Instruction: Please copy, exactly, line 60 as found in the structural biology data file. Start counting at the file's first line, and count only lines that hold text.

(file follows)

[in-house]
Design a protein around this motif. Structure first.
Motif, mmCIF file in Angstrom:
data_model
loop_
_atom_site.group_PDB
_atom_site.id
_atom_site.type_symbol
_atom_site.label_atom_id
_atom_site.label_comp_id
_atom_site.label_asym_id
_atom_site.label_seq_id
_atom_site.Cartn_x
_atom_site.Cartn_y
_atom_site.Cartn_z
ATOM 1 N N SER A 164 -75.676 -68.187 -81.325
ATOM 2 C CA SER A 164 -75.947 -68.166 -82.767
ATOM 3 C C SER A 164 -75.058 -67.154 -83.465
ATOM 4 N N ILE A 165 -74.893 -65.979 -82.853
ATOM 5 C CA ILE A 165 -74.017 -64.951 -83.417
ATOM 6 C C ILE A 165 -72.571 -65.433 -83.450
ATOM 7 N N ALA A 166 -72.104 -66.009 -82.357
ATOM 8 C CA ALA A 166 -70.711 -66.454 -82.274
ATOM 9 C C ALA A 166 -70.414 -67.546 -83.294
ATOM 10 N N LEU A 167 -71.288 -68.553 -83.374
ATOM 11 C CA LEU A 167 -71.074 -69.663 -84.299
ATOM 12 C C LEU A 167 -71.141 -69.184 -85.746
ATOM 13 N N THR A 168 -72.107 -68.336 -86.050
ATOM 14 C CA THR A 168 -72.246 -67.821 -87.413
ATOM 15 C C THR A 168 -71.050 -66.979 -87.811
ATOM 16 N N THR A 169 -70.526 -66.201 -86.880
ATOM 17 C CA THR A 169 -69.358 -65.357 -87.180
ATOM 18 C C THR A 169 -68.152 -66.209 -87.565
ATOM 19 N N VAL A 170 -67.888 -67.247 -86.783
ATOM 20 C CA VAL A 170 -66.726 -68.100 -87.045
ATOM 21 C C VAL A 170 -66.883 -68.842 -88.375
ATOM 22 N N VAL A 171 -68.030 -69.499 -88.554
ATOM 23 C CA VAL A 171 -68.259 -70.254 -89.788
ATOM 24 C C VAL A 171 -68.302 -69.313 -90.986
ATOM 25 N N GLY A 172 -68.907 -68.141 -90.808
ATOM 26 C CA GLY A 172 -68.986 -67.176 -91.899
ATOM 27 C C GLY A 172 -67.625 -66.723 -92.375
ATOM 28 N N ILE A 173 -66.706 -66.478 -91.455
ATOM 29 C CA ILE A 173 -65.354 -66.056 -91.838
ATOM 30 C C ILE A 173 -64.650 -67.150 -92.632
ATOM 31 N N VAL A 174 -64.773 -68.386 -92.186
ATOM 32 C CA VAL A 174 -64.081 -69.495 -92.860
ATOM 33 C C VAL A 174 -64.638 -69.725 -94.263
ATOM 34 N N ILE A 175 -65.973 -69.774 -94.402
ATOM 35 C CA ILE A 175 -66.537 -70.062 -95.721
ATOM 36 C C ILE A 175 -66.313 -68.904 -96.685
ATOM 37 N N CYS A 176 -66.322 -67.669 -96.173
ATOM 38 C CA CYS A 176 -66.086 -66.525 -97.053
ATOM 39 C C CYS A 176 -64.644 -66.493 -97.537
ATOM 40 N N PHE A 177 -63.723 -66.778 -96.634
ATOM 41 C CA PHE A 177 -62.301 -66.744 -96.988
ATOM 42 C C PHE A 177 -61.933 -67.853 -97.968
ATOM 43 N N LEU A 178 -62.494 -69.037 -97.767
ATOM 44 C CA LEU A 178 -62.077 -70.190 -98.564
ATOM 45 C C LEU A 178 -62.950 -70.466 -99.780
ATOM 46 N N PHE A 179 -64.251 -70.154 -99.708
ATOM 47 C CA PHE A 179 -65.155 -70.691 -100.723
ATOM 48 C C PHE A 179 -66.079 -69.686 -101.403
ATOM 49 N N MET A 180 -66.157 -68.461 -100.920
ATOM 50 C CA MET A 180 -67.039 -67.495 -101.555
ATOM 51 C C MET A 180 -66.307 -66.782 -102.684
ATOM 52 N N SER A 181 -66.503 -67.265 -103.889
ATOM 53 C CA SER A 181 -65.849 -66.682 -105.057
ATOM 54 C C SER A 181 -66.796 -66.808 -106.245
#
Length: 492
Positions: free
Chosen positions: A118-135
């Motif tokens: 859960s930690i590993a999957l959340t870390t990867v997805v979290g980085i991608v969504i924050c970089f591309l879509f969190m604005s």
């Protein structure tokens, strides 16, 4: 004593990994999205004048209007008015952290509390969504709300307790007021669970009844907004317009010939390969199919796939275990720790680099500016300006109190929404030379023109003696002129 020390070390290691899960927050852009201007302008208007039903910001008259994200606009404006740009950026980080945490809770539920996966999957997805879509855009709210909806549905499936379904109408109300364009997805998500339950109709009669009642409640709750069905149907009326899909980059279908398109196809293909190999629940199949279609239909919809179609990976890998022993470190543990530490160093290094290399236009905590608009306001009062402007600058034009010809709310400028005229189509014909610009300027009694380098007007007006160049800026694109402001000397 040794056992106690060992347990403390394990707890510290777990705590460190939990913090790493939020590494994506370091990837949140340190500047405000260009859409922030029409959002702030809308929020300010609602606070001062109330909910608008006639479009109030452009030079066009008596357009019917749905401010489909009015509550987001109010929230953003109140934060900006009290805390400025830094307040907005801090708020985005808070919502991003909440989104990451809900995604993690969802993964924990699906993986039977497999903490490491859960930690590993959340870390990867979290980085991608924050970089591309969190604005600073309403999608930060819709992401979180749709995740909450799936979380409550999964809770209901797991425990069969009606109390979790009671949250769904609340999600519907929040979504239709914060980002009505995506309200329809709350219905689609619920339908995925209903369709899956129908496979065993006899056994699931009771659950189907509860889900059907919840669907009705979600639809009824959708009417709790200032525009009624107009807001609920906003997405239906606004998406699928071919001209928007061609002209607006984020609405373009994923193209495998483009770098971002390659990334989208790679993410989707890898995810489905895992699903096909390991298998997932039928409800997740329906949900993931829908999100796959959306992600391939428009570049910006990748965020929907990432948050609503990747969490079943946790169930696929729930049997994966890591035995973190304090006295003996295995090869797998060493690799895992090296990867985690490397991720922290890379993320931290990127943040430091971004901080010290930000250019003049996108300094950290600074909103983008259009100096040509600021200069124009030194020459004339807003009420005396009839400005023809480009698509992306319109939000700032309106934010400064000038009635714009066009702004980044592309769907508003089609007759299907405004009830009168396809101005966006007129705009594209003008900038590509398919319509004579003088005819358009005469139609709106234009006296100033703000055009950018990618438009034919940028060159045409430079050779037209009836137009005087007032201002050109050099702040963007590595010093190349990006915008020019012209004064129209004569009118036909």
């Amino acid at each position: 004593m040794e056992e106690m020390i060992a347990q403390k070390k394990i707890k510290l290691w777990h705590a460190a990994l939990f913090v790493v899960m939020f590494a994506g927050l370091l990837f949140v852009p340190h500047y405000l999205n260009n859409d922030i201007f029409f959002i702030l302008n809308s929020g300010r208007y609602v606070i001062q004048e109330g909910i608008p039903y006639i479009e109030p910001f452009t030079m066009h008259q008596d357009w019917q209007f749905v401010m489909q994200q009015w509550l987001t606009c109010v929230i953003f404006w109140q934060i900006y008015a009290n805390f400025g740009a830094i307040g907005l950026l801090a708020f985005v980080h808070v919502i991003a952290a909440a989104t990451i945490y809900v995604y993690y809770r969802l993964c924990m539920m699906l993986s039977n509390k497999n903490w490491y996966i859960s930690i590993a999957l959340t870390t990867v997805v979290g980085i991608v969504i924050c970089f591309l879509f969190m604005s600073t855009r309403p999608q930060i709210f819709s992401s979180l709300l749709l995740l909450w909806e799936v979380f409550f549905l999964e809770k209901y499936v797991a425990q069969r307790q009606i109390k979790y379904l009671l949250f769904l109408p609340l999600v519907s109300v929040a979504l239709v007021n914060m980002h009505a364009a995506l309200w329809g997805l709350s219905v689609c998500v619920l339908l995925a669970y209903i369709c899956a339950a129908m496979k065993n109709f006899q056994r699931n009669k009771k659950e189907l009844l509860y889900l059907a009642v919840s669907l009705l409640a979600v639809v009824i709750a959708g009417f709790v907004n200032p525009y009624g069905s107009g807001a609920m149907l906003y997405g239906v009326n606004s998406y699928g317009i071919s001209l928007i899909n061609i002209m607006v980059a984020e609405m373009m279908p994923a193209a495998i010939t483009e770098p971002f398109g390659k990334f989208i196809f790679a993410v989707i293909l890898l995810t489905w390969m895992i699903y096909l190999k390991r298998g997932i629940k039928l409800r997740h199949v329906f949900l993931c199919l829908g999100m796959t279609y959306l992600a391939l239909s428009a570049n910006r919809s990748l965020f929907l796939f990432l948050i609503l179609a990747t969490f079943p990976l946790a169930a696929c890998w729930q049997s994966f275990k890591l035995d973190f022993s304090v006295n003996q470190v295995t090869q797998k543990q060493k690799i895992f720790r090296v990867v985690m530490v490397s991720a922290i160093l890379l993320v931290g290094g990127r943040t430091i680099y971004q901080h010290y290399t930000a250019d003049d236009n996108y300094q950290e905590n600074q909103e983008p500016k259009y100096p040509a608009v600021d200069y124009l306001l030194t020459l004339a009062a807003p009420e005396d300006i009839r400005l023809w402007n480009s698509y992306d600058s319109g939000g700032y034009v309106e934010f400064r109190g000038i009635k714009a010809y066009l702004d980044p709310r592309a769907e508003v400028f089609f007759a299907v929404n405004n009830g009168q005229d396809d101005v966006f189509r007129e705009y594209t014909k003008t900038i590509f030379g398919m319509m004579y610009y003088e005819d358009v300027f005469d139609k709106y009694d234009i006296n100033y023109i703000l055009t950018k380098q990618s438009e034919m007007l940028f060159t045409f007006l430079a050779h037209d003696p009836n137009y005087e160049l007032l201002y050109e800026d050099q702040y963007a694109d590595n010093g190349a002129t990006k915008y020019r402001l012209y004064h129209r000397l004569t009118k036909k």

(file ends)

ATOM 45 C C LEU A 178 -62.950 -70.466 -99.780